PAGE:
Another application for the hydraulic power unit 10 is for use with cranes and excavating machines. Cranes and excavating machines have special control and “operator feel” requirements. These machines are very large in size and oftentimes difficult to control. At the same time, operators require the machines to make precise movements. As such, the use of a torque transducer in association with a hydraulic power unit provides improved information to the controller, allowing for better control of the hydraulic power unit.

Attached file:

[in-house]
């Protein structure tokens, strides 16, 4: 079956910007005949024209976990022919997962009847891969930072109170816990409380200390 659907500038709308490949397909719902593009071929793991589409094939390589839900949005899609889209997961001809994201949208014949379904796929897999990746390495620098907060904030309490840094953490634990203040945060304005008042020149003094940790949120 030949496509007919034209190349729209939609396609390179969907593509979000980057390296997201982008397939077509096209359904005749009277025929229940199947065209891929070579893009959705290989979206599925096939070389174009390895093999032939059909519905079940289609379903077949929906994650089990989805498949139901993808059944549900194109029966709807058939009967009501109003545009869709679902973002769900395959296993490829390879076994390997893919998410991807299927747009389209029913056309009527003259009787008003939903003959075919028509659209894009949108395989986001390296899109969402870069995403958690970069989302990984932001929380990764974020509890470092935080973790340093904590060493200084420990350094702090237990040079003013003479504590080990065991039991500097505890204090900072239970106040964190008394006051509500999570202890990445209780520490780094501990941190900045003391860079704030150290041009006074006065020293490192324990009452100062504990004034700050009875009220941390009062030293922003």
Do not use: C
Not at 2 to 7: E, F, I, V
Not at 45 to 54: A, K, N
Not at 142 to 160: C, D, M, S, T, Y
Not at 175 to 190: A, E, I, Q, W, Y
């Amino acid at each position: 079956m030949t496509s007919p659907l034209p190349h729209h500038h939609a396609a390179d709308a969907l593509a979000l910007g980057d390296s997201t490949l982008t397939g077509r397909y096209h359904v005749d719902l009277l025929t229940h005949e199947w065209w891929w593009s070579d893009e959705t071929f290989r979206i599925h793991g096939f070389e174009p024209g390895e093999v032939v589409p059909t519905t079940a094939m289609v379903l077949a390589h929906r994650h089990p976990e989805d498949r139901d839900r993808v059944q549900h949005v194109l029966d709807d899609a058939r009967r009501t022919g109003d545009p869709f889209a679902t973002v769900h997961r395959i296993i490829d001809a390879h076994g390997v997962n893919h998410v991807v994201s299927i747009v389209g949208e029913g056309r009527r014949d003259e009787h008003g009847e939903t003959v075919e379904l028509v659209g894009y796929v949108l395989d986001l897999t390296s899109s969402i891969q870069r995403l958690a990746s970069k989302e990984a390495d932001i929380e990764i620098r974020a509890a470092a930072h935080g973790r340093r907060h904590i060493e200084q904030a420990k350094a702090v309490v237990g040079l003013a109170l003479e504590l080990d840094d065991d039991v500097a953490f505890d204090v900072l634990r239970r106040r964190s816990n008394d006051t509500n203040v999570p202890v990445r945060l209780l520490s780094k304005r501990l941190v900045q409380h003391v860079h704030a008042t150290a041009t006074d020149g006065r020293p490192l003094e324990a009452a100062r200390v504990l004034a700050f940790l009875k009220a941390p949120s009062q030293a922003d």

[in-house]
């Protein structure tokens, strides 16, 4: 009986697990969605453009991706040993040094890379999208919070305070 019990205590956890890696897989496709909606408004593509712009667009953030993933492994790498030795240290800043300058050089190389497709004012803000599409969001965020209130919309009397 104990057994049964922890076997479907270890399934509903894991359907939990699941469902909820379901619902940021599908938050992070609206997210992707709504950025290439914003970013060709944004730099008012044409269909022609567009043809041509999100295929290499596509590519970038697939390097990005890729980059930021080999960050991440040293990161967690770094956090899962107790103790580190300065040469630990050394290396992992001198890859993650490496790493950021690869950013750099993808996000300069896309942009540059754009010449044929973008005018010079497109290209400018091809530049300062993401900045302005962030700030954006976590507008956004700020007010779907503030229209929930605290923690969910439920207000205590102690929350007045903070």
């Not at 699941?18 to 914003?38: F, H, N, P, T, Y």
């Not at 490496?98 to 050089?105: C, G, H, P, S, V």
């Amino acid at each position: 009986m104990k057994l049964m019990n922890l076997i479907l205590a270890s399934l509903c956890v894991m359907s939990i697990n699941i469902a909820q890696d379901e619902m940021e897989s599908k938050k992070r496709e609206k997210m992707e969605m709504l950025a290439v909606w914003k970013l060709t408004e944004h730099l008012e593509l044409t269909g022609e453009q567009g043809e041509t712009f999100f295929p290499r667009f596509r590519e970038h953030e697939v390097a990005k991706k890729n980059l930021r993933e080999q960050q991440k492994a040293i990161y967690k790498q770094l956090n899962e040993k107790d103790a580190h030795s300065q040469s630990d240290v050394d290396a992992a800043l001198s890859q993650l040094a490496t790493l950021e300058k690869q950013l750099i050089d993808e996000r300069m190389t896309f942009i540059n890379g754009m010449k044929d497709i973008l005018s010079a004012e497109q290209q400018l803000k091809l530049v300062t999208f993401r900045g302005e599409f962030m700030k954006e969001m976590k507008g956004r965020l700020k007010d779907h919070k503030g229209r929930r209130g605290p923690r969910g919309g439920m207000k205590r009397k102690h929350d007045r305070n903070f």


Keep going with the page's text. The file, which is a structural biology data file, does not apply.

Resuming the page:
Still another application for the hydraulic power unit 10 is for use with winches, particularly those used in marine or highway applications. Some winch applications require that a winch maintain a constant cable tension. In other applications where a winch is used to lift a load from the deck of a moving ship, it is desirable to have precise control of the torque level as the winch tightens the cable. Because the ship is subject to the vertical rise and fall of ocean waves, the winch may have to reel in or out cable to compensate. In crane applications, winches normally incorporate a braking system. When a load is raised or lowered, the brake is disengaged and cable is reeled in or out. The brake is applied when the load is suspended or the crane is otherwise stationary. At the instant that the brake is disengaged, it is important that the hydraulic power unit apply the precise torque required by the load. If the torque level is not correct, the load may rise or fall uncontrollably. In the prior art, power unit pressure was measured and a theoretical calculation was used for estimating power unit torque. This calculation requires that displacement of the hydraulic power unit be known or readily measurable and that the power unit torque efficiency be accurately estimated. As it is difficult to accurately estimate the torque efficiency of a hydraulic power unit, the prior art methods of control may not always be optimal. By using a torque transducer in association with a hydraulic power unit, the controller can monitor and quickly react to the situations, thereby adjusting torque levels for improved operation by reducing undesired movements of loads.